University of Illinois Extension
Growing Herbs in Containers - Making Herb and Vegetable Containers - Successful Container Gardens - University of Illinois Extension

Making Herb and Vegetable Containers

Growing Herbs in Containers

Many herbs can be grown in containers, making them more visible if they are planted for beauty. Herbs are annual and perennial plants. Annual herbs are grown for one season, harvested when flower buds develop, and the plants are discarded at the end of the season. Perennial herbs grow year after year and can be brought indoors during winter.

Herbs that require well-drained soils and tender herbs that need to be overwintered indoors are more suitable for container gardening than other types of herbs. Herbs can be grown in any type of container so long as it has drainage holes. Use loose, well-drained potting mix. Select herbs that are small and slow growing. Several kinds of herbs or a mixture of herbs and flowers can be planted in one container depending on its size.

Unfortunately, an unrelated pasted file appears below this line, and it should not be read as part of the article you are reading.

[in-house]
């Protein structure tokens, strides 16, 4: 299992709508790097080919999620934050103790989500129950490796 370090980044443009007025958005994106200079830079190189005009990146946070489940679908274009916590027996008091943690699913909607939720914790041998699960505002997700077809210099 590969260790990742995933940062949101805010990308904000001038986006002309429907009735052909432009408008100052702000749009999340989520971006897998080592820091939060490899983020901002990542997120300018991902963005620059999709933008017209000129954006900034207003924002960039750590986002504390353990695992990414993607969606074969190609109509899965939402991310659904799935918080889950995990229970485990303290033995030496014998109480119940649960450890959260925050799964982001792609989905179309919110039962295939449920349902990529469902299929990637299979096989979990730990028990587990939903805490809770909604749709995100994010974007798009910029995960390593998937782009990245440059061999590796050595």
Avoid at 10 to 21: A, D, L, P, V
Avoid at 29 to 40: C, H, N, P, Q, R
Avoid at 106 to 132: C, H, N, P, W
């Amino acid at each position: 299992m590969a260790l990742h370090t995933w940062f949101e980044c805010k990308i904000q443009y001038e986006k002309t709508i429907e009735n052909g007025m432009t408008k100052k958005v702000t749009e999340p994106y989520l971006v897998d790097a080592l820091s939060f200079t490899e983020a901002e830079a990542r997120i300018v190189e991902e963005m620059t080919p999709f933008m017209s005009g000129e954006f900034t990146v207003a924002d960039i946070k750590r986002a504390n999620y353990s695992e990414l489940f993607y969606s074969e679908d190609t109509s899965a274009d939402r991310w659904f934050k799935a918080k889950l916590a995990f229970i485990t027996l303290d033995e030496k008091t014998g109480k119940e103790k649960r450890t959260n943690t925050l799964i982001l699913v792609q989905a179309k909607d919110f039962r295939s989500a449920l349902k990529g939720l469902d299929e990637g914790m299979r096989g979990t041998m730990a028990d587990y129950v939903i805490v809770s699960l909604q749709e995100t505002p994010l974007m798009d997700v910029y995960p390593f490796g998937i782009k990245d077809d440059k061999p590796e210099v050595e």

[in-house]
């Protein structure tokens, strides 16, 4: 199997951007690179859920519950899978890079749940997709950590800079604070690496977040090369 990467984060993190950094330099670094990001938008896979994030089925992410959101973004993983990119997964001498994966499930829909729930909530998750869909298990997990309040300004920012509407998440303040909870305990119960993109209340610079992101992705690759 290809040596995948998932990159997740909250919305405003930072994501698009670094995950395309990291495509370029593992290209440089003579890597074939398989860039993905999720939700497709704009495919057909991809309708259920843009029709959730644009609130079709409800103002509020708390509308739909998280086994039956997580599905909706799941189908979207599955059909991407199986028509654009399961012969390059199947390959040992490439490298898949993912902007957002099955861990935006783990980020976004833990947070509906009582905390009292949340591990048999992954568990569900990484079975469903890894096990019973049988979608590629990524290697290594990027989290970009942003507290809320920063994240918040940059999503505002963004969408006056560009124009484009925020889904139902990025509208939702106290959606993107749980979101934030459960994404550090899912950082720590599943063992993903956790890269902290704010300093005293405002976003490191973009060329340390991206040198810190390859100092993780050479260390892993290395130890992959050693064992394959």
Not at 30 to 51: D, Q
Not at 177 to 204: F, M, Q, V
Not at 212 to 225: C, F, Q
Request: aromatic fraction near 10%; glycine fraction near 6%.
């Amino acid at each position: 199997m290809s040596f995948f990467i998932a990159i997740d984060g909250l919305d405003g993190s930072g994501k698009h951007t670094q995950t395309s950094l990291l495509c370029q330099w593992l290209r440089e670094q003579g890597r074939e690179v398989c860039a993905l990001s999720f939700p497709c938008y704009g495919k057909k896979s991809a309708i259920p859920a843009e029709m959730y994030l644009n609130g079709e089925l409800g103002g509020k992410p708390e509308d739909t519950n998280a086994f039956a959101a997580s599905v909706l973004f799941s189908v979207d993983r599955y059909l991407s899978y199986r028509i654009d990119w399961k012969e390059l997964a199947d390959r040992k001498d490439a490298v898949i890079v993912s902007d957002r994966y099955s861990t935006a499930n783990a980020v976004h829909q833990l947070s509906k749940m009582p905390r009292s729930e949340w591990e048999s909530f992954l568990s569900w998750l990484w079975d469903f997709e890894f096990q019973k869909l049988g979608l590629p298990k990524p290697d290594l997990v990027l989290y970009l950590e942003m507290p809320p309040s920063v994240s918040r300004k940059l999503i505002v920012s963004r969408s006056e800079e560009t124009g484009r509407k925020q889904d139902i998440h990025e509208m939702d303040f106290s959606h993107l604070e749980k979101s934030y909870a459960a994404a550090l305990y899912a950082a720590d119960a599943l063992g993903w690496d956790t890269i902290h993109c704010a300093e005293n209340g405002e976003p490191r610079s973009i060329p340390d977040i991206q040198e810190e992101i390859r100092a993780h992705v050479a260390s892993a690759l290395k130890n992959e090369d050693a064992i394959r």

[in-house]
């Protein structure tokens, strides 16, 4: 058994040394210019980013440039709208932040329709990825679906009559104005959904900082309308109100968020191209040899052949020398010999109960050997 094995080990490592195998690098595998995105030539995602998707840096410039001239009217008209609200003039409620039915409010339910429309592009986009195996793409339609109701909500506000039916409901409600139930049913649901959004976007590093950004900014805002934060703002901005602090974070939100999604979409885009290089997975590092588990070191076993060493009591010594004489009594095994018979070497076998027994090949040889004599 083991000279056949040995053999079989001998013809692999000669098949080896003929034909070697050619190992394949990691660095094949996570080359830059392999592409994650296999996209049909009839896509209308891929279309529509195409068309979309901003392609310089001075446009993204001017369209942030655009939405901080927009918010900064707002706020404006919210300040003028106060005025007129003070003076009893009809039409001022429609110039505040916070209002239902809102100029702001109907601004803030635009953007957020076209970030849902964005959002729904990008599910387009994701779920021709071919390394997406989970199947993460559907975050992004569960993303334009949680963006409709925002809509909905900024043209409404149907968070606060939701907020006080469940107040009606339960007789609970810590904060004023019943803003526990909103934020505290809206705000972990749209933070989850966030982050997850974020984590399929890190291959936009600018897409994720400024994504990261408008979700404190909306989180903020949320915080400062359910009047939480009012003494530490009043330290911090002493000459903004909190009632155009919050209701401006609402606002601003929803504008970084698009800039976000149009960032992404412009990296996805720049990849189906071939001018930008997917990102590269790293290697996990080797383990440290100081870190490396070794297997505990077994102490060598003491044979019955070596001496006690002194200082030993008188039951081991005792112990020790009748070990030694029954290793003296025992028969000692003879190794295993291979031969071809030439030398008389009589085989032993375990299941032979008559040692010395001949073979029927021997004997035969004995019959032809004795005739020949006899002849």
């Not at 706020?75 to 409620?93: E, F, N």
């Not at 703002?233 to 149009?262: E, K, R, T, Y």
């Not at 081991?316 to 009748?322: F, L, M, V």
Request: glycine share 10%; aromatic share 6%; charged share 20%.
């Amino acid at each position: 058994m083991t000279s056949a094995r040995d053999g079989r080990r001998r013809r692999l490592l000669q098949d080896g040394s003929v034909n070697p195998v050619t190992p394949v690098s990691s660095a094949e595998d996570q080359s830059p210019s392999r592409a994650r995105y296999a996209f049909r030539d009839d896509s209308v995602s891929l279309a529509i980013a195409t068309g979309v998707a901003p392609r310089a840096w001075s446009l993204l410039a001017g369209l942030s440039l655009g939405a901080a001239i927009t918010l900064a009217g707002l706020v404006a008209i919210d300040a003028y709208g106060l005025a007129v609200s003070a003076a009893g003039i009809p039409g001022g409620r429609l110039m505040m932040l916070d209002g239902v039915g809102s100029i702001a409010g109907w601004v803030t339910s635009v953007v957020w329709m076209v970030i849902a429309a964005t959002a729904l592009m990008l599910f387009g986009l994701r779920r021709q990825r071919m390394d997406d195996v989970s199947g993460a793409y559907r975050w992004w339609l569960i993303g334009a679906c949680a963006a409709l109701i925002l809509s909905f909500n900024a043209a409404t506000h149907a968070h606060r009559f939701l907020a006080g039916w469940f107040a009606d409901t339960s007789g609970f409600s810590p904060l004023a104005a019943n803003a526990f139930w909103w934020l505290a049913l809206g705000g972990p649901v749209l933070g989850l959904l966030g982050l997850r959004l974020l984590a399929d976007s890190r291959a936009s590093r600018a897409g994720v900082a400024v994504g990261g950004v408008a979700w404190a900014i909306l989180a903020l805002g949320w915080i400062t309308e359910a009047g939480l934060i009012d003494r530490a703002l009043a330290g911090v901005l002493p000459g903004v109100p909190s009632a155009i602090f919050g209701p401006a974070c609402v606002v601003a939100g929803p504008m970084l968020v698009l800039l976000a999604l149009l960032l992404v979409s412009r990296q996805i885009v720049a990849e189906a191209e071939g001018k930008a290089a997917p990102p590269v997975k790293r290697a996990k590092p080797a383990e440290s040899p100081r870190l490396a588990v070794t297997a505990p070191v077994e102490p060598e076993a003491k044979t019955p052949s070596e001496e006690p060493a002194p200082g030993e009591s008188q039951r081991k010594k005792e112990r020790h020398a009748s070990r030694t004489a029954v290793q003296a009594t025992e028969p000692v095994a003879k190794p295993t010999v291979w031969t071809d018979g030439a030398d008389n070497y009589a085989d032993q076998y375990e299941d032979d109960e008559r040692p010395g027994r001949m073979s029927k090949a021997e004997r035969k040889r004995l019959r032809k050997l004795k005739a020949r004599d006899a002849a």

Some of the herbs recommended for container gardening are: Variegated sage, purple sage, golden sage, parsley, Greek oregano, rosemary, marjoram, bush basil, thyme, chives, and summer savory. Water requirements vary from plant to plant. Apply water until it starts to drip from the drainage holes. Do not over fertilize herbs. Pinch the plants during the growing season to keep them bushy and compact. Remove any dead or diseased leaves. Herbs growing in containers can be moved indoors during winter but remember to acclimatize them in early fall. Herbs can be moved indoors gradually so that they can get adjusted to indoor temperature and light. Put them in the sunniest location in the house or whereever they can get as much light as possible. Water plants only when the soil is dry. Check plants for common indoor insect pests such as aphids, spider mites, thrips, and whiteflies, and apply control measures when needed.

Leafy herbs need to be harvested when the leaf quality is optimal and this can be determined by the flower buds when they first appear. Harvest by removing top leaves and stems with a sharp knife. When harvesting annual leafy herbs, leave four to six inches of shoots on the plant for better re-growth. Harvest perennial herbs less heavily by removing only the top third of the plant as compared to annual herbs since future harvests will depend on new growth. Herbs can be used fresh or dried. Container grown herbs can also be grouped according how they are used as follows: Italian cuisine (basil, oregano, parsley, sage, rosemary, thyme); aromatic herbs (sage, lavender, chamomile); and teas and beverages (spearmint, peppermint, chamomile).